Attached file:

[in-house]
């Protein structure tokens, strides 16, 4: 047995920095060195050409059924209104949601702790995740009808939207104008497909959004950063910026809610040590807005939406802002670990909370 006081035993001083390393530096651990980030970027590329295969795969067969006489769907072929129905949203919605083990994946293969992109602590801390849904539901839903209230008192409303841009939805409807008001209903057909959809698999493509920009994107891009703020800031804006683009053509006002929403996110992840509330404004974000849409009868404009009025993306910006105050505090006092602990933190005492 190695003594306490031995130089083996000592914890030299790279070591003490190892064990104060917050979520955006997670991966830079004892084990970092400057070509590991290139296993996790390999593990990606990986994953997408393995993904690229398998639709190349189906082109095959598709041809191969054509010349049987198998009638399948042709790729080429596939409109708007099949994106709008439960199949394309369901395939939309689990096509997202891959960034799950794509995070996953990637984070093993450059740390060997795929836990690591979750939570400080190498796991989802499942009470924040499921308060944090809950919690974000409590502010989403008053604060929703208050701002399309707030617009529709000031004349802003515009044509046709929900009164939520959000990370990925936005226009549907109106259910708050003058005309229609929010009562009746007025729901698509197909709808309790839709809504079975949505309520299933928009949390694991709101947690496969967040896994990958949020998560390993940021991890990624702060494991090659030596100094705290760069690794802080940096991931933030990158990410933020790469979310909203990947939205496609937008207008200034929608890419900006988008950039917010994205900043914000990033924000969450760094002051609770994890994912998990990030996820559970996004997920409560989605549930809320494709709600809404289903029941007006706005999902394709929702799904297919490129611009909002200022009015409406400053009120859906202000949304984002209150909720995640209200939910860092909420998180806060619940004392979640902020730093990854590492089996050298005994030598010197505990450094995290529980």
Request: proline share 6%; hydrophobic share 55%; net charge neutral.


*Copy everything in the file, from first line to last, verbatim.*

[in-house]
């Protein structure tokens, strides 16, 4: 047995920095060195050409059924209104949601702790995740009808939207104008497909959004950063910026809610040590807005939406802002670990909370 006081035993001083390393530096651990980030970027590329295969795969067969006489769907072929129905949203919605083990994946293969992109602590801390849904539901839903209230008192409303841009939805409807008001209903057909959809698999493509920009994107891009703020800031804006683009053509006002929403996110992840509330404004974000849409009868404009009025993306910006105050505090006092602990933190005492 190695003594306490031995130089083996000592914890030299790279070591003490190892064990104060917050979520955006997670991966830079004892084990970092400057070509590991290139296993996790390999593990990606990986994953997408393995993904690229398998639709190349189906082109095959598709041809191969054509010349049987198998009638399948042709790729080429596939409109708007099949994106709008439960199949394309369901395939939309689990096509997202891959960034799950794509995070996953990637984070093993450059740390060997795929836990690591979750939570400080190498796991989802499942009470924040499921308060944090809950919690974000409590502010989403008053604060929703208050701002399309707030617009529709000031004349802003515009044509046709929900009164939520959000990370990925936005226009549907109106259910708050003058005309229609929010009562009746007025729901698509197909709808309790839709809504079975949505309520299933928009949390694991709101947690496969967040896994990958949020998560390993940021991890990624702060494991090659030596100094705290760069690794802080940096991931933030990158990410933020790469979310909203990947939205496609937008207008200034929608890419900006988008950039917010994205900043914000990033924000969450760094002051609770994890994912998990990030996820559970996004997920409560989605549930809320494709709600809404289903029941007006706005999902394709929702799904297919490129611009909002200022009015409406400053009120859906202000949304984002209150909720995640209200939910860092909420998180806060619940004392979640902020730093990854590492089996050298005994030598010197505990450094995290529980």
Request: proline share 6%; hydrophobic share 55%; net charge neutral.